But to the people thinking he will threaten Andrew Harrison as the point guard, pump the brakes.

Devin Booker led all scorers on a great shooting night from the field.

Booker led all scorers on the night with 22 points on 9-of-11 shooting from the field. If you know your Blue-White game history, that means absolutely nothing going forward. Still, a nice, productive night for the freshman offensively, although 4-of-8 from the foul line was very unexpected. I can’t imagine we’ll see him shoot 50 percent at the line in many games this year. He’s too good of a shooter to repeat that.

The SEC Network caught a ton of heat, again.

I was at the game so I was unable to see the television broadcast, but the production was crushed on the live blog. The two biggest complaints seemed to be position of the cameras and the lack of a scoreboard to start the game. Again, I didn’t see it so I don’t know, but the network didn’t do itself any favors with a fan base that’s already had several reasons to complain about programming.

Mark Krebs did a wonderful job, though. I bet we’ll be seeing him on the sideline during SEC Network games this season. Go Mark.

With the loss, the White team drops to No. 5 in the country.

Coach Cal can’t hear the naysayers.



Complete Blue/White Game highlights

Two EJ Floreal dunks and a sick move from Tyler Ulis

Cal on why you don’t redshirt at UK: “You only have to have one good year.”

Cal on why you don’t redshirt at UK: “You only have to have one good year.”

Screen Shot 2014-10-27 at 8.35.01 PM

John Calipari’s presser ended on an odd note tonight, when a reporter asked him his policy on redshirting players. Cal said that he would never chose to redshirt a guy on his own, and if a player wanted to redshirt, he’d have to explain to him why.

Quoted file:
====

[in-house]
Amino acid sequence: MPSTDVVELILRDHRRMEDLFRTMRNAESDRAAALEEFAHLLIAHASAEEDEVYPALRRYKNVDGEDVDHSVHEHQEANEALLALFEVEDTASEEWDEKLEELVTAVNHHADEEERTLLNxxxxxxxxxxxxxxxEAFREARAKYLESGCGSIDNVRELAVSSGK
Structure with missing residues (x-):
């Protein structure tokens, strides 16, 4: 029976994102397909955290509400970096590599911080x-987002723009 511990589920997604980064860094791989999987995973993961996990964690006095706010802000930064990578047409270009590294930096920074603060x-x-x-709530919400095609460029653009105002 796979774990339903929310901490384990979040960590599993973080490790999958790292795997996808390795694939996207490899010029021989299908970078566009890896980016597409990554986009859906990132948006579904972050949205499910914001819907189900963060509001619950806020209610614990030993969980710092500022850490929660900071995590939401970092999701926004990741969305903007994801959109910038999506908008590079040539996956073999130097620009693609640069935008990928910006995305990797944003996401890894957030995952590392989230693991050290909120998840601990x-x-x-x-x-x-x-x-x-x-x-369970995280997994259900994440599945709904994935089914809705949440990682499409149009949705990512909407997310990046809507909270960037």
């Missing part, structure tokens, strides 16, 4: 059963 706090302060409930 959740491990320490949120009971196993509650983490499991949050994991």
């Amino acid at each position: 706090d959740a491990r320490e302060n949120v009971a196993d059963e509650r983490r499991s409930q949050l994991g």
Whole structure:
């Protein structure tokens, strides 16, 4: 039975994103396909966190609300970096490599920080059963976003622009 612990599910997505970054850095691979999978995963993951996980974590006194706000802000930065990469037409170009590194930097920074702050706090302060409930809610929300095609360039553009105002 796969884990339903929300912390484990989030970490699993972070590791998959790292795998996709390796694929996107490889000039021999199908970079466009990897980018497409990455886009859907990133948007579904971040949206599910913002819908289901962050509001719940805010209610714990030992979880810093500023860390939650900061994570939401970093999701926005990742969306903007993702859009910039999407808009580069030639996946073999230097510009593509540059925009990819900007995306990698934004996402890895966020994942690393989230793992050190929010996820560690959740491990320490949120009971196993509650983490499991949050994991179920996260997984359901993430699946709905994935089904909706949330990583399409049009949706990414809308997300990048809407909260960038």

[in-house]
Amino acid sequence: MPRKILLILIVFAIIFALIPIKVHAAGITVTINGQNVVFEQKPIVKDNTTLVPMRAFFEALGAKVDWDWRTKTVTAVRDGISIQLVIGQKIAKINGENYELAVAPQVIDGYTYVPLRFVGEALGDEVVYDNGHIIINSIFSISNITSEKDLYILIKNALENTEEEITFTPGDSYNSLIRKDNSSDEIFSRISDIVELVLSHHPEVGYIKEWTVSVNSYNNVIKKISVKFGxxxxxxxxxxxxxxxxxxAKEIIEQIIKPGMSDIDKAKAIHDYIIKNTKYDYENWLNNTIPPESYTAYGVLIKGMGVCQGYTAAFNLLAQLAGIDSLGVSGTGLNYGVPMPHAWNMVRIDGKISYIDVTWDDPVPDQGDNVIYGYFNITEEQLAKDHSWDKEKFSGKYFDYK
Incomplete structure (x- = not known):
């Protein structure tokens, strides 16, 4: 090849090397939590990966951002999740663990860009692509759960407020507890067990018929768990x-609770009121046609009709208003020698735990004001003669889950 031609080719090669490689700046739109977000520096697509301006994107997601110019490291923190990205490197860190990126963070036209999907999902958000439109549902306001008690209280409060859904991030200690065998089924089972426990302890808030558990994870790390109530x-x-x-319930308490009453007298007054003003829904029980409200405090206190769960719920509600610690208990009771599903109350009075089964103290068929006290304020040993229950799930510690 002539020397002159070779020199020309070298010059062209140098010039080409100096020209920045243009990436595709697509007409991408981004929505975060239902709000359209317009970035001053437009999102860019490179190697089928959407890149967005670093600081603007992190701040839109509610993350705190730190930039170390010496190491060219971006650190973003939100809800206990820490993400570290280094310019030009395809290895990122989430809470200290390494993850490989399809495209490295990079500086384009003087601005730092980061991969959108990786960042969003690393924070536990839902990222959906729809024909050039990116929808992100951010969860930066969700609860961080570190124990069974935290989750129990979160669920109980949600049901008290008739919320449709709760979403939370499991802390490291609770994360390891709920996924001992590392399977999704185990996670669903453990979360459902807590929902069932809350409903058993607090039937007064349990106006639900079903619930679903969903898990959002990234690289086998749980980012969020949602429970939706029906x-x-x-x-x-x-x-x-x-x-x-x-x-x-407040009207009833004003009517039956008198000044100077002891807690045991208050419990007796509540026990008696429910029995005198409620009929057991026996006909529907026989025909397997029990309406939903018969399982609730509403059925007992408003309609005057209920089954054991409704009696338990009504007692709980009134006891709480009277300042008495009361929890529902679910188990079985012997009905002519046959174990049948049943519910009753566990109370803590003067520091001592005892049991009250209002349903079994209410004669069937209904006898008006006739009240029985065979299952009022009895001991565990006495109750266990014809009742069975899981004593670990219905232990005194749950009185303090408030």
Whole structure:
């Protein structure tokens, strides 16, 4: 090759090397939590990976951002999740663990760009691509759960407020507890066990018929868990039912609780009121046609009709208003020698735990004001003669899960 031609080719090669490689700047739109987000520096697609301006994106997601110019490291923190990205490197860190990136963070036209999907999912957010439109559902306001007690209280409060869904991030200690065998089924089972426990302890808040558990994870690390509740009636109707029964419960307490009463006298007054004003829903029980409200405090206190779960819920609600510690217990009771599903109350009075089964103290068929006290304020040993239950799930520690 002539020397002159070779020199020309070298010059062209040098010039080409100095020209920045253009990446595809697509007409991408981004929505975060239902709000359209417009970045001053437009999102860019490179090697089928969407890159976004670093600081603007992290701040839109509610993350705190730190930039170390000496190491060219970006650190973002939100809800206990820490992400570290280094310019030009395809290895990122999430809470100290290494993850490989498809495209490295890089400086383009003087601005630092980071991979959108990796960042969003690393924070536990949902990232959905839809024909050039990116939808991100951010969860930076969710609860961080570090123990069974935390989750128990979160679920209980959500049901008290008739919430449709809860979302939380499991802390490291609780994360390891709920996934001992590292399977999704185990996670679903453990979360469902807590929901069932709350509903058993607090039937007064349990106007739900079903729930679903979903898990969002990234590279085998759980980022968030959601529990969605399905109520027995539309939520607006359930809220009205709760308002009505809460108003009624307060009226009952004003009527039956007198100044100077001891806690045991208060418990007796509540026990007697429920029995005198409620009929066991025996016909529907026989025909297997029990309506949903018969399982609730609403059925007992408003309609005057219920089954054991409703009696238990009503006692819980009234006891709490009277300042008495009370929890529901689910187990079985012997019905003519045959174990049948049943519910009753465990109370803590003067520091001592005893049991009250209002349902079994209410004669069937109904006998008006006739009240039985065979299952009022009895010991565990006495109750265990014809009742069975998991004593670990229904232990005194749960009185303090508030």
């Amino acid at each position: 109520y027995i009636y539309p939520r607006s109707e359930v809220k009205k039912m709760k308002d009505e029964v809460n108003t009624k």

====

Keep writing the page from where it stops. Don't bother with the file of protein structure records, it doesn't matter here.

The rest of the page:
Then, he gave one of the great Calipari quotes about playing at Kentucky. “You know what’s great about playing here? You only have to have one good year. You only have to have one good year,” Cal emphasized. “No one playing under me has four good years. You only have to have one.”

“One year you have your breakout. ‘See ya!’,” Cal said. “Kids are all on different timetables.” He then listed how each of the players who don’t get to play quite as much contribute. “Do you understand that without Dominique, we probably don’t beat Michigan. He took Stauskas out of the game.” Same goes for Derek Willis, whom Cal said is a “much better player” than he was when he arrived at Kentucky.

Hear that recruits? One good year.

Cal says he’s committed to the platoon system


The Blue/White game is never a very polished affair, and the Cats made their share of mistakes on both sides tonight, putting up 24 turnovers. “Sloppy,” Cal said. “They’re just not into that mode yet.” Cal also wasn’t happy with the amount of one-handed catches, which he says “drove me nuts.” Also not great? The mistakes from the free throw line. But hey, it’s October.

Despite the errors, Cal said he’s committed to the platoon system. “I’m committed to it. It’s the best thing for these players, and now we gotta make it the best for our team.” Who will be on each platoon? Cal said he likes the idea of having two freshmen and three vets per platoon for balance, and doubts he’ll ever go with four freshmen on one platoon.

Here’s your very confusing box score

Here’s your very confusing box score